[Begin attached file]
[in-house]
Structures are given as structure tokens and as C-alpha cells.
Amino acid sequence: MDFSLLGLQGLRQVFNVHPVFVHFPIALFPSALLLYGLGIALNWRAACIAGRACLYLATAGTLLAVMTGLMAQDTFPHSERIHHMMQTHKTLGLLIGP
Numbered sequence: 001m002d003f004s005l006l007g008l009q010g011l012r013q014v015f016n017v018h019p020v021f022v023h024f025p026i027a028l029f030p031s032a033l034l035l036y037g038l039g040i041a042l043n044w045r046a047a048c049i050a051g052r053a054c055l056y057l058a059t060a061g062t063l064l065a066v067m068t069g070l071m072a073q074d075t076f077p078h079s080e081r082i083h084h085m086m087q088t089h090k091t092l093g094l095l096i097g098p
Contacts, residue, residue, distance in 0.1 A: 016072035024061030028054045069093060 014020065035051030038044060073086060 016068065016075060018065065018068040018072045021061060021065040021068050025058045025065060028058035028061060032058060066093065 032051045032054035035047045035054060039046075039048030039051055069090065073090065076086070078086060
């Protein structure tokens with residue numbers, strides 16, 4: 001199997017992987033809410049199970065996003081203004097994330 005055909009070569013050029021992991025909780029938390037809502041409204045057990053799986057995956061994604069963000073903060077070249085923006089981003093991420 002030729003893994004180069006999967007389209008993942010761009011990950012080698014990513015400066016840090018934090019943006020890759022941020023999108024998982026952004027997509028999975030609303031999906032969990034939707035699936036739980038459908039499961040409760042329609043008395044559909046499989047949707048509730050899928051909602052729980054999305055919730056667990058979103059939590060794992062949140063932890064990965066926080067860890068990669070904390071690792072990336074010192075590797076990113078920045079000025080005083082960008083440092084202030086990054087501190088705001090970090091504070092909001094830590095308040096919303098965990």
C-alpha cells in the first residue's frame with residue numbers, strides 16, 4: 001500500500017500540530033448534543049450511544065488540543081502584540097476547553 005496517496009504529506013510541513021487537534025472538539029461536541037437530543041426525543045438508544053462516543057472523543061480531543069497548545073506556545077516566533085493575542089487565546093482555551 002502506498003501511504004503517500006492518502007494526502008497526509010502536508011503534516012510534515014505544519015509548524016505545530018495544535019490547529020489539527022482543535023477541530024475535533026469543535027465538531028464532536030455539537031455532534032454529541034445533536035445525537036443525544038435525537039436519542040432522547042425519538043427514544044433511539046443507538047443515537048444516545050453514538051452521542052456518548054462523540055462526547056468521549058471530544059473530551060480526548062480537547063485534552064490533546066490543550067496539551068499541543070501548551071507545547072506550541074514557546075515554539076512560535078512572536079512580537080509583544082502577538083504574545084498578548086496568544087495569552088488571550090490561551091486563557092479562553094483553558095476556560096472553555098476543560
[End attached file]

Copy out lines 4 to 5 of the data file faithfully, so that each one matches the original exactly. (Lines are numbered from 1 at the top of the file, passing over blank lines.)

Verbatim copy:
Numbered sequence: 001m002d003f004s005l006l007g008l009q010g011l012r013q014v015f016n017v018h019p020v021f022v023h024f025p026i027a028l029f030p031s032a033l034l035l036y037g038l039g040i041a042l043n044w045r046a047a048c049i050a051g052r053a054c055l056y057l058a059t060a061g062t063l064l065a066v067m068t069g070l071m072a073q074d075t076f077p078h079s080e081r082i083h084h085m086m087q088t089h090k091t092l093g094l095l096i097g098p
Contacts, residue, residue, distance in 0.1 A: 016072035024061030028054045069093060 014020065035051030038044060073086060 016068065016075060018065065018068040018072045021061060021065040021068050025058045025065060028058035028061060032058060066093065 032051045032054035035047045035054060039046075039048030039051055069090065073090065076086070078086060